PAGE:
Texas, Florida and California are the top three states in producing college football recruits (Texas had 2,147 Division I signees from 2008-13), but Georgia is a strong fourth, producing 950 D-I signees in the same period. The No.5 state, Ohio, had 909 while No. 6, Alabama, had 502; South Carolina was 17th with 228 D-I recruits in that span.

In Georgia, football matters.

"Georgia high schools put a very big priority on having a good football program," Shaver said. "The schools invest time and money and kids see that it's important. In Thomasville, we talk about football year-round. Other sports, people like them, but football is it. In south Georgia, that's where it is. It's like Kentucky and basketball. There, everyone talks about basketball. In Georgia, it's football."

Stroud agreed.

"I think you have a real high level of coaches in the state of Georgia," he said. "It's very important to the state. Across the board, you get a lot of coaches from surrounding states coming here. Other states don't pay as well. And you have a real good combination with kids who are good athletes in the state of Georgia."

Georgia fits right in Clemson's recruiting radius, a crucial factor for Scott.

"I think when you look at the Southeast and our map, since coach Swinney took over as coach, we have a 250-mile radius around Clemson and wherever that takes you, that's where we need to spend a large amount of time," Scott said. "That covers the state of South Carolina and gets you into a big part of Georgia and North Carolina.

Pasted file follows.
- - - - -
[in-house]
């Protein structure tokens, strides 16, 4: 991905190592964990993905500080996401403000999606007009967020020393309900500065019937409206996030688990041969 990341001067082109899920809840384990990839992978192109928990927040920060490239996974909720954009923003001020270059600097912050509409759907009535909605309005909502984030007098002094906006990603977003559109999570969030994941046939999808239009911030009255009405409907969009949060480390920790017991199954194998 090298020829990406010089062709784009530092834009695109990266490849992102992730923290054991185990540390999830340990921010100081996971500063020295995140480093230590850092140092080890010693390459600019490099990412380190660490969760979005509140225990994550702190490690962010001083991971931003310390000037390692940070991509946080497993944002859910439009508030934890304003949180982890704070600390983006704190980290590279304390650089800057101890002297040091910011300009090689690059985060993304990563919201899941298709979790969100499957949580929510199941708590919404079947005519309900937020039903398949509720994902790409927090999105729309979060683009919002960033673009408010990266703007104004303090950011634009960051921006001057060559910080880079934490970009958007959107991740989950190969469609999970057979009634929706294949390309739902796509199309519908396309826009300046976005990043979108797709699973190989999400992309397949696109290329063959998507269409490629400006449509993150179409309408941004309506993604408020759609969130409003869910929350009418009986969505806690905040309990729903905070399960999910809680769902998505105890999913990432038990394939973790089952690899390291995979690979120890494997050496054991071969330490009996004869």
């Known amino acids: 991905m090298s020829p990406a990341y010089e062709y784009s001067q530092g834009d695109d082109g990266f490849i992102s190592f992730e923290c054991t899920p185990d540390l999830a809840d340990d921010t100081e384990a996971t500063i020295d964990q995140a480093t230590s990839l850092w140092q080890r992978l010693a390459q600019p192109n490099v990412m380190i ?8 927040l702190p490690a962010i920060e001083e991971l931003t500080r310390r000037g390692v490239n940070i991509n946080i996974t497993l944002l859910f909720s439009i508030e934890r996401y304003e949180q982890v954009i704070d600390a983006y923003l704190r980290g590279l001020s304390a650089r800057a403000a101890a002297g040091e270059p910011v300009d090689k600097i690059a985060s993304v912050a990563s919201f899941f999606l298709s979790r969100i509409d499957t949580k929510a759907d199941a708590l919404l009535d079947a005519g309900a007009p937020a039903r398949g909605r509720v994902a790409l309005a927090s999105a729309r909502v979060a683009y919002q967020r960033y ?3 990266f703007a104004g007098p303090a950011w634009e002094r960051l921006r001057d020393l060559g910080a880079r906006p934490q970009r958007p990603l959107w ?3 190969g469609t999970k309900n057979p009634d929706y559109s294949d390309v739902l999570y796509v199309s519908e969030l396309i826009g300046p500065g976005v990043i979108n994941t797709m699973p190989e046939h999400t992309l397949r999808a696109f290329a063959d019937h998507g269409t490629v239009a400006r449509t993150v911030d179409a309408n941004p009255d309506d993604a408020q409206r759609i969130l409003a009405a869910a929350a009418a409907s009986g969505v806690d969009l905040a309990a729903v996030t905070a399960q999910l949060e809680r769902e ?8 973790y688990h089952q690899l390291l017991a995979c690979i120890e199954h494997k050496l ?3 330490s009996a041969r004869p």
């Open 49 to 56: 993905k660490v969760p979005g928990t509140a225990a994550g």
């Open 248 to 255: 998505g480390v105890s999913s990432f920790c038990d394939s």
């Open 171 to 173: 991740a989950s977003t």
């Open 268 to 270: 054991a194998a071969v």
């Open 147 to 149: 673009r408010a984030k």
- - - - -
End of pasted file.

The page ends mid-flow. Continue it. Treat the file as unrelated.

"Anybody we can get in here that can drive in from three, four hours, our chances of signing them go up."

The perfect fit, however, is more important than signing a quota from a particular state, Swinney said.

"(In 2012) it worked out that way," he said of the limited Georgia haul. "Some years we might only sign one. Every class is based on needs. We might be in other areas, sign more from Florida than Georgia. Where the guys are that fit is where we're trying to be. We have great relationships in place and do a good job of developing players here. As long as we continue to do things the right way, we'll always be able to recruit the best of the best."

Recently, those players have come from Georgia – and that's a good thing for Clemson's future fortunes.

"It's about finding the right fit," Scott said. "The needs we have for our class and what's right for our program. Coach Swinney and our staff take a lot of pride in that. We don't have a perfect team, but we have a team of great young men, character-oriented, who want to do the right thing."